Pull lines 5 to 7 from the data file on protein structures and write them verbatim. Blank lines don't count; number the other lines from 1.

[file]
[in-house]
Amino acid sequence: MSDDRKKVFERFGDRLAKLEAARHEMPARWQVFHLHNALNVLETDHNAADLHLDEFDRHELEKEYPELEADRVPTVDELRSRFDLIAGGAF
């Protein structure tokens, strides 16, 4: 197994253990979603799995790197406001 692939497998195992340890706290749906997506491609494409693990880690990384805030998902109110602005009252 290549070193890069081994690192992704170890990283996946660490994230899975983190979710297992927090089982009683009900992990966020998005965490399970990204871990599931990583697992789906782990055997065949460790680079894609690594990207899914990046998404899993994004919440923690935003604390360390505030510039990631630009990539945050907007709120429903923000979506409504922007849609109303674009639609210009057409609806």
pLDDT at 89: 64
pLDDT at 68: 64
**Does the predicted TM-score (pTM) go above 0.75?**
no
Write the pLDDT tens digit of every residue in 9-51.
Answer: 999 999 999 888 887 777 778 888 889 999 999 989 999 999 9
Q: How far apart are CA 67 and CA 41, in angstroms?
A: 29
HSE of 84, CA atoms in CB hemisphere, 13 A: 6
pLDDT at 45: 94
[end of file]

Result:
pLDDT at 68: 64
**Does the predicted TM-score (pTM) go above 0.75?**
no